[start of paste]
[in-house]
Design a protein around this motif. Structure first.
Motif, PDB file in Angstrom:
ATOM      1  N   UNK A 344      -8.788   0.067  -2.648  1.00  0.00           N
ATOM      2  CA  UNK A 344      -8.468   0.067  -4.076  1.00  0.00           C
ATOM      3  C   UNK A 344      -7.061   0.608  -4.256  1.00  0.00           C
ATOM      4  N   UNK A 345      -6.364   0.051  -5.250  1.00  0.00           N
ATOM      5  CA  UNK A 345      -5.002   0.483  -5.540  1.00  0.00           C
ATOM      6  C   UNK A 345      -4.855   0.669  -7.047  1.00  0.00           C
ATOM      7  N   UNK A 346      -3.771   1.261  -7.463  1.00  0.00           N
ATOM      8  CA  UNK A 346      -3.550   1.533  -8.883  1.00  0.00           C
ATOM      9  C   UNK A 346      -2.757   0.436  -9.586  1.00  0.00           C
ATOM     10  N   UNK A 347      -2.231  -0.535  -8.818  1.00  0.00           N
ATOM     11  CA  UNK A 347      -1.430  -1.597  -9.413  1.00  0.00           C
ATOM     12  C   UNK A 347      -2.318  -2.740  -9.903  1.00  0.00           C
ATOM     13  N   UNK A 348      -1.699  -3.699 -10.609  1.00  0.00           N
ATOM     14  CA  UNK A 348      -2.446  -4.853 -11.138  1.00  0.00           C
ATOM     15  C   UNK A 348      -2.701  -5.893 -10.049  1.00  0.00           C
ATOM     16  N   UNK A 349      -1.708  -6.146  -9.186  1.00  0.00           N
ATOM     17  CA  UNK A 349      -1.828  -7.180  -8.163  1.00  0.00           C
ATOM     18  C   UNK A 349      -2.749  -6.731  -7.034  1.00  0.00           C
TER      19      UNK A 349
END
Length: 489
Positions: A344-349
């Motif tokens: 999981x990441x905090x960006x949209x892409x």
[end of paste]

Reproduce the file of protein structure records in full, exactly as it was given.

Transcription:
[in-house]
Design a protein around this motif. Structure first.
Motif, PDB file in Angstrom:
ATOM      1  N   UNK A 344      -8.788   0.067  -2.648  1.00  0.00           N
ATOM      2  CA  UNK A 344      -8.468   0.067  -4.076  1.00  0.00           C
ATOM      3  C   UNK A 344      -7.061   0.608  -4.256  1.00  0.00           C
ATOM      4  N   UNK A 345      -6.364   0.051  -5.250  1.00  0.00           N
ATOM      5  CA  UNK A 345      -5.002   0.483  -5.540  1.00  0.00           C
ATOM      6  C   UNK A 345      -4.855   0.669  -7.047  1.00  0.00           C
ATOM      7  N   UNK A 346      -3.771   1.261  -7.463  1.00  0.00           N
ATOM      8  CA  UNK A 346      -3.550   1.533  -8.883  1.00  0.00           C
ATOM      9  C   UNK A 346      -2.757   0.436  -9.586  1.00  0.00           C
ATOM     10  N   UNK A 347      -2.231  -0.535  -8.818  1.00  0.00           N
ATOM     11  CA  UNK A 347      -1.430  -1.597  -9.413  1.00  0.00           C
ATOM     12  C   UNK A 347      -2.318  -2.740  -9.903  1.00  0.00           C
ATOM     13  N   UNK A 348      -1.699  -3.699 -10.609  1.00  0.00           N
ATOM     14  CA  UNK A 348      -2.446  -4.853 -11.138  1.00  0.00           C
ATOM     15  C   UNK A 348      -2.701  -5.893 -10.049  1.00  0.00           C
ATOM     16  N   UNK A 349      -1.708  -6.146  -9.186  1.00  0.00           N
ATOM     17  CA  UNK A 349      -1.828  -7.180  -8.163  1.00  0.00           C
ATOM     18  C   UNK A 349      -2.749  -6.731  -7.034  1.00  0.00           C
TER      19      UNK A 349
END
Length: 489
Positions: A344-349
């Motif tokens: 999981x990441x905090x960006x949209x892409x």